I found Bailey when he was an endearing pup at the Kansas City SPCA. I was looking for a dog to fill the void after Tucker died and couldn’t afford a Tibetan mastiff, Pharaoh Hound or King Charles Spaniel.
After a couple of years, Bailey blossomed into a full fledged member of our family. He cared for the kids, frolicked in the swimming pool and went after squirrels brave enough to venture into our back yard. He was always eager to shoulder his share of the load by taking out the trash, doing the laundry and enjoyed a seat at our dinner table. He even cleaned up after himself when he did his duty on the back lawn. By the time he was 3, he surprised even his piano teacher by learning how to read Mandarin, Punjabi and Min Bei and started tutoring all the kids in the neighborhood. He was such an affable, talented canine I started looking for ways to share his talents with the rest of the community.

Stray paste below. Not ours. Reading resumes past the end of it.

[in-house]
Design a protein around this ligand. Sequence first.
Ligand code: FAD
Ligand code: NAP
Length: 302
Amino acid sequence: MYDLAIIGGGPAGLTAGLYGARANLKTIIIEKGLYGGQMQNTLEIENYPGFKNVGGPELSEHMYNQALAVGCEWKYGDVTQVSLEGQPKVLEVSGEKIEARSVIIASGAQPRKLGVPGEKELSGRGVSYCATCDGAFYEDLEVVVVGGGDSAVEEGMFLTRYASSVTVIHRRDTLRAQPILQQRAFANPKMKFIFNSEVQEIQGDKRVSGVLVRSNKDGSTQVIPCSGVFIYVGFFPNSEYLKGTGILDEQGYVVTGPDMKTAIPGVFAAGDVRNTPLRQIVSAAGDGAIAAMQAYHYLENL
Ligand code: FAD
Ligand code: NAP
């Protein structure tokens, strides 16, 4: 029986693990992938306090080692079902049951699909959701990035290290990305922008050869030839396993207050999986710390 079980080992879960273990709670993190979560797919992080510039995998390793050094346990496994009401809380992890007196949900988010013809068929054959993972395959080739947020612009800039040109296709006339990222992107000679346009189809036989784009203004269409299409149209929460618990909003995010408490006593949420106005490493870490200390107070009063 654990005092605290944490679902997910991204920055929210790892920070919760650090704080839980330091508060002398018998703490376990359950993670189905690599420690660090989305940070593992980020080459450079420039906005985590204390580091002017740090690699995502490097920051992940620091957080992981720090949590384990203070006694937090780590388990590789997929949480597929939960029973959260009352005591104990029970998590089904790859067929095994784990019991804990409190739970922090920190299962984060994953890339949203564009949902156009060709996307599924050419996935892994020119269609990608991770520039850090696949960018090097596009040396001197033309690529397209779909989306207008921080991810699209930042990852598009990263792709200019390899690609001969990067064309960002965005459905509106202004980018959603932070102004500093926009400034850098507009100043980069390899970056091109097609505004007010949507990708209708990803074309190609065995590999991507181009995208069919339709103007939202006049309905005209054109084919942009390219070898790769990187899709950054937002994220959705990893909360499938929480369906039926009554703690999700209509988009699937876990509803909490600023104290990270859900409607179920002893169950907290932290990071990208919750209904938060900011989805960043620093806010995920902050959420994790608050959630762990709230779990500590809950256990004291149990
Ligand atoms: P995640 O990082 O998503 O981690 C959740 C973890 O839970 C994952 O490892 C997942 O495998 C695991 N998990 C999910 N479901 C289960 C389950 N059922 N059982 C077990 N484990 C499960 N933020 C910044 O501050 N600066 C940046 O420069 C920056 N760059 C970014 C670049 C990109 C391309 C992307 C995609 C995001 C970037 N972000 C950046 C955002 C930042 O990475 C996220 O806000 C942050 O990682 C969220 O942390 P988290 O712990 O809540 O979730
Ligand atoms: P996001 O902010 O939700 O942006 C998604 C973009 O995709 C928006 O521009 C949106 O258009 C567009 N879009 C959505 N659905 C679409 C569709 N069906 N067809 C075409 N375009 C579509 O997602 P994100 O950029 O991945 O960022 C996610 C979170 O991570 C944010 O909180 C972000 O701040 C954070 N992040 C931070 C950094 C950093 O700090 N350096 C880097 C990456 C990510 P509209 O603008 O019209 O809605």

I first saw the advertisement for Paws for Prisoners while riding the bus to work. It boasted that the Paws program was a collective effort between advocate groups, local animal shelters and Leavenworth Federal Penitentiary where the inmates taught dogs basic obedience and shared mutual social skills. In return, the animals provided companionship to incarcerated felons. I don’t know why they felt convicted felons were in a position to teach dogs obedience and social skills. After all, wasn’t it the absence of social behavior that got them there in the first place? But, what the heck. Maybe he’d learn something new.